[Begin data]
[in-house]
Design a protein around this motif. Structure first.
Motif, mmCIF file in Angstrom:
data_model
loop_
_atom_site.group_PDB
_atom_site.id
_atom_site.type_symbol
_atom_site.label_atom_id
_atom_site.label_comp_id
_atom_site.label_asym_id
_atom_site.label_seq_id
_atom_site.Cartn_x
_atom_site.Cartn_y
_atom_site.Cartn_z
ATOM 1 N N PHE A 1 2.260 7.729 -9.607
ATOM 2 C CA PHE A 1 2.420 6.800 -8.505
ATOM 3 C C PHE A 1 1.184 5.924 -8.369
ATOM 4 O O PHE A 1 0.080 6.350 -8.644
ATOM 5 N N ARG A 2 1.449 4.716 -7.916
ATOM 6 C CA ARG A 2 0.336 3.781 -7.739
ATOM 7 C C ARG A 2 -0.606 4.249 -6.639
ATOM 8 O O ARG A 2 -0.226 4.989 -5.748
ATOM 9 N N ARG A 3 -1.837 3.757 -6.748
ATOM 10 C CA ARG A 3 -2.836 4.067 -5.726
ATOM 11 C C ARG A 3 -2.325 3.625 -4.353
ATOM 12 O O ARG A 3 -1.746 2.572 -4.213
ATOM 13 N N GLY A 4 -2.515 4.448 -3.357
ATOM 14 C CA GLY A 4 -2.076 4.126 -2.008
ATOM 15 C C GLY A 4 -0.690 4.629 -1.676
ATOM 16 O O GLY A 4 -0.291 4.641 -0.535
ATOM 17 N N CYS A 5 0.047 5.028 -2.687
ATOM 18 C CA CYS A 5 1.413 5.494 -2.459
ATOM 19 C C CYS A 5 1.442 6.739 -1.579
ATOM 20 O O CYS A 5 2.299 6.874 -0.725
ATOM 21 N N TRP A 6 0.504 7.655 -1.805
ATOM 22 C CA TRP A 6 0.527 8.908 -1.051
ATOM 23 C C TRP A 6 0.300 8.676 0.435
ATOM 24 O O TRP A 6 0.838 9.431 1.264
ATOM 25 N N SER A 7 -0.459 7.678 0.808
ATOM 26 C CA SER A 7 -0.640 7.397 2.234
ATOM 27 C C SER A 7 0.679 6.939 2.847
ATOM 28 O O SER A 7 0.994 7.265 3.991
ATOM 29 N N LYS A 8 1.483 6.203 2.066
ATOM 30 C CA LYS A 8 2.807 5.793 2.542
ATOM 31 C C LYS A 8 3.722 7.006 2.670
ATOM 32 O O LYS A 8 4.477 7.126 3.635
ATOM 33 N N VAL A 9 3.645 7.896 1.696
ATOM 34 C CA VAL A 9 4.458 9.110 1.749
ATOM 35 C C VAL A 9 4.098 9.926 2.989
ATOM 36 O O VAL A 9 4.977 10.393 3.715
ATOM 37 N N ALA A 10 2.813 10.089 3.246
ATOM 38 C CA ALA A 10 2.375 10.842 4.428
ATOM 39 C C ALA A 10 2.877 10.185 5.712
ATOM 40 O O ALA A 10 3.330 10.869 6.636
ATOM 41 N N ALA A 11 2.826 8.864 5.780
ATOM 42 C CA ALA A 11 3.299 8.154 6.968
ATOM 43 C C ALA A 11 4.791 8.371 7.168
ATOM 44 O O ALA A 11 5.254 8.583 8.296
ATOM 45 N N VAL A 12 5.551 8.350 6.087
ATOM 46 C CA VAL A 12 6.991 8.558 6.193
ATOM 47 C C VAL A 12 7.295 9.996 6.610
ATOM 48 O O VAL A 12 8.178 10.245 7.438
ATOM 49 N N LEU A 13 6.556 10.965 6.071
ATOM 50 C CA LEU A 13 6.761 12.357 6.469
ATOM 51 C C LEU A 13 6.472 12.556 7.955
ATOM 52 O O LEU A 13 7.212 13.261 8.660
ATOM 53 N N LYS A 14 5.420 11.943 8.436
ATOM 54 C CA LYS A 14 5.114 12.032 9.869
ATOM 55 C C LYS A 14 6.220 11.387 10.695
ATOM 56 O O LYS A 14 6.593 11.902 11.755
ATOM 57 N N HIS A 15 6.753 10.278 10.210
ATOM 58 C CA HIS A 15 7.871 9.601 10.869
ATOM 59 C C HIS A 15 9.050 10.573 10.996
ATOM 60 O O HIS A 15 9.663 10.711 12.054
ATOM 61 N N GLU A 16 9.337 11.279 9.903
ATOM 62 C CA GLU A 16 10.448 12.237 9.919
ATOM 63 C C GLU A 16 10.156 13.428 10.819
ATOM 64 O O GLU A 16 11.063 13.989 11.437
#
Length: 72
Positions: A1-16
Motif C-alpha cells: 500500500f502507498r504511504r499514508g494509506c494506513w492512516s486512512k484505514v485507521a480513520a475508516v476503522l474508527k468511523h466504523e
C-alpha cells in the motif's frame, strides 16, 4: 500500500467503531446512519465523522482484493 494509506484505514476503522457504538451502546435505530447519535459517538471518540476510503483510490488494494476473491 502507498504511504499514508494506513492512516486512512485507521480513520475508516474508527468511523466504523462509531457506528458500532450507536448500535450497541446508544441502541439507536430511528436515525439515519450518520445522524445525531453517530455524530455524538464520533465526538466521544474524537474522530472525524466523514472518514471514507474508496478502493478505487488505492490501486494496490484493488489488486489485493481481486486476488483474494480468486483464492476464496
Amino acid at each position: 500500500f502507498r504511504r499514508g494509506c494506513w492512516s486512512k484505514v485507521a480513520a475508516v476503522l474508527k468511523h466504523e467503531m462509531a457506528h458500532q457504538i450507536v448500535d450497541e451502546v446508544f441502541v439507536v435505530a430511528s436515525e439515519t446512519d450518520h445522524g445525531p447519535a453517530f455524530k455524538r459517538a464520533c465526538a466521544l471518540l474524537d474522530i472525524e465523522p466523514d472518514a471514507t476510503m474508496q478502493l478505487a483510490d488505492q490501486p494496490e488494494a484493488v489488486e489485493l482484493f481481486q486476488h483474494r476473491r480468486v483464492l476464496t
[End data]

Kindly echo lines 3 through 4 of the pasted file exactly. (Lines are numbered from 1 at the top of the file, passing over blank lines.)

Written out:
Motif, mmCIF file in Angstrom:
data_model